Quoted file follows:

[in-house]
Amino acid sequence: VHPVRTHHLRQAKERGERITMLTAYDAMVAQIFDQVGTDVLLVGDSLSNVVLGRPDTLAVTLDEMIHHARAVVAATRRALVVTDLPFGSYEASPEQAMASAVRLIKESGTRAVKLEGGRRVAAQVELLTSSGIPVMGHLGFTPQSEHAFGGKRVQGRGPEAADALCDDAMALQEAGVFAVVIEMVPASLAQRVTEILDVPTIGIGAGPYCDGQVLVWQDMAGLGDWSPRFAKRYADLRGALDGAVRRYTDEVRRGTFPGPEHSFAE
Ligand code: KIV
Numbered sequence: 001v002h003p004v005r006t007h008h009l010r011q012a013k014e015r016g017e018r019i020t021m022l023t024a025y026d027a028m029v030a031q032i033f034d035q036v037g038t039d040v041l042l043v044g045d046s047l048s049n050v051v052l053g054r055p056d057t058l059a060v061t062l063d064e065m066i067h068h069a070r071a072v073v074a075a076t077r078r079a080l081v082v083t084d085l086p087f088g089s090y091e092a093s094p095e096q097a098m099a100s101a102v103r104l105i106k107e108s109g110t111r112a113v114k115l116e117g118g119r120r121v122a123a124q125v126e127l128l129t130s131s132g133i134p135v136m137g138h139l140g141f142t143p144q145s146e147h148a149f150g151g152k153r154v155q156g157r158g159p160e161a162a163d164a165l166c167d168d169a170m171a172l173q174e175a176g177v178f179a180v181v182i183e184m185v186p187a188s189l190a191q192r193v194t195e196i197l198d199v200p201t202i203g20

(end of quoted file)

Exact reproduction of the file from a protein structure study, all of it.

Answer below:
[in-house]
Amino acid sequence: VHPVRTHHLRQAKERGERITMLTAYDAMVAQIFDQVGTDVLLVGDSLSNVVLGRPDTLAVTLDEMIHHARAVVAATRRALVVTDLPFGSYEASPEQAMASAVRLIKESGTRAVKLEGGRRVAAQVELLTSSGIPVMGHLGFTPQSEHAFGGKRVQGRGPEAADALCDDAMALQEAGVFAVVIEMVPASLAQRVTEILDVPTIGIGAGPYCDGQVLVWQDMAGLGDWSPRFAKRYADLRGALDGAVRRYTDEVRRGTFPGPEHSFAE
Ligand code: KIV
Numbered sequence: 001v002h003p004v005r006t007h008h009l010r011q012a013k014e015r016g017e018r019i020t021m022l023t024a025y026d027a028m029v030a031q032i033f034d035q036v037g038t039d040v041l042l043v044g045d046s047l048s049n050v051v052l053g054r055p056d057t058l059a060v061t062l063d064e065m066i067h068h069a070r071a072v073v074a075a076t077r078r079a080l081v082v083t084d085l086p087f088g089s090y091e092a093s094p095e096q097a098m099a100s101a102v103r104l105i106k107e108s109g110t111r112a113v114k115l116e117g118g119r120r121v122a123a124q125v126e127l128l129t130s131s132g133i134p135v136m137g138h139l140g141f142t143p144q145s146e147h148a149f150g151g152k153r154v155q156g157r158g159p160e161a162a163d164a165l166c167d168d169a170m171a172l173q174e175a176g177v178f179a180v181v182i183e184m185v186p187a188s189l190a191q192r193v194t195e196i197l198d199v200p201t202i203g20